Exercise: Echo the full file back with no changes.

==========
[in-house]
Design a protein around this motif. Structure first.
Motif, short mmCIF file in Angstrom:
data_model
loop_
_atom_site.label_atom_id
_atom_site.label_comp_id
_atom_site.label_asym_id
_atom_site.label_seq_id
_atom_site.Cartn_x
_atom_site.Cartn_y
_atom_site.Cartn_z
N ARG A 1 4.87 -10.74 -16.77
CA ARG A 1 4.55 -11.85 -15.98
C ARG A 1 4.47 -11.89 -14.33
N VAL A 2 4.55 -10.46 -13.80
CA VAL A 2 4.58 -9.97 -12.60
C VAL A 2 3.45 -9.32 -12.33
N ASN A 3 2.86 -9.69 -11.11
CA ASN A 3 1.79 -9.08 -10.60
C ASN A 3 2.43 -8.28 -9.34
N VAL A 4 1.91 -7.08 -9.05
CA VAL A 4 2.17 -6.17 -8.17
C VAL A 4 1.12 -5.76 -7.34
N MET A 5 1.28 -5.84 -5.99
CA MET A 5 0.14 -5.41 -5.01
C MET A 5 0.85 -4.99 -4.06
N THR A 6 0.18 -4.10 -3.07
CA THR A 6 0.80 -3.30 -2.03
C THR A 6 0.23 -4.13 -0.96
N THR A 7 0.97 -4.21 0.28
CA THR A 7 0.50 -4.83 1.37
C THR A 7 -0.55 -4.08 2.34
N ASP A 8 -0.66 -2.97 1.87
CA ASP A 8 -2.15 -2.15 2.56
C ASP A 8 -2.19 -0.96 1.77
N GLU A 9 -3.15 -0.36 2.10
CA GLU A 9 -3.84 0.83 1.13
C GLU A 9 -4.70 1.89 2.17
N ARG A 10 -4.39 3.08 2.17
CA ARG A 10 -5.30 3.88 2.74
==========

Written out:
[in-house]
Design a protein around this motif. Structure first.
Motif, short mmCIF file in Angstrom:
data_model
loop_
_atom_site.label_atom_id
_atom_site.label_comp_id
_atom_site.label_asym_id
_atom_site.label_seq_id
_atom_site.Cartn_x
_atom_site.Cartn_y
_atom_site.Cartn_z
N ARG A 1 4.87 -10.74 -16.77
CA ARG A 1 4.55 -11.85 -15.98
C ARG A 1 4.47 -11.89 -14.33
N VAL A 2 4.55 -10.46 -13.80
CA VAL A 2 4.58 -9.97 -12.60
C VAL A 2 3.45 -9.32 -12.33
N ASN A 3 2.86 -9.69 -11.11
CA ASN A 3 1.79 -9.08 -10.60
C ASN A 3 2.43 -8.28 -9.34
N VAL A 4 1.91 -7.08 -9.05
CA VAL A 4 2.17 -6.17 -8.17
C VAL A 4 1.12 -5.76 -7.34
N MET A 5 1.28 -5.84 -5.99
CA MET A 5 0.14 -5.41 -5.01
C MET A 5 0.85 -4.99 -4.06
N THR A 6 0.18 -4.10 -3.07
CA THR A 6 0.80 -3.30 -2.03
C THR A 6 0.23 -4.13 -0.96
N THR A 7 0.97 -4.21 0.28
CA THR A 7 0.50 -4.83 1.37
C THR A 7 -0.55 -4.08 2.34
N ASP A 8 -0.66 -2.97 1.87
CA ASP A 8 -2.15 -2.15 2.56
C ASP A 8 -2.19 -0.96 1.77
N GLU A 9 -3.15 -0.36 2.10
CA GLU A 9 -3.84 0.83 1.13
C GLU A 9 -4.70 1.89 2.17
N ARG A 10 -4.39 3.08 2.17
CA ARG A 10 -5.30 3.88 2.74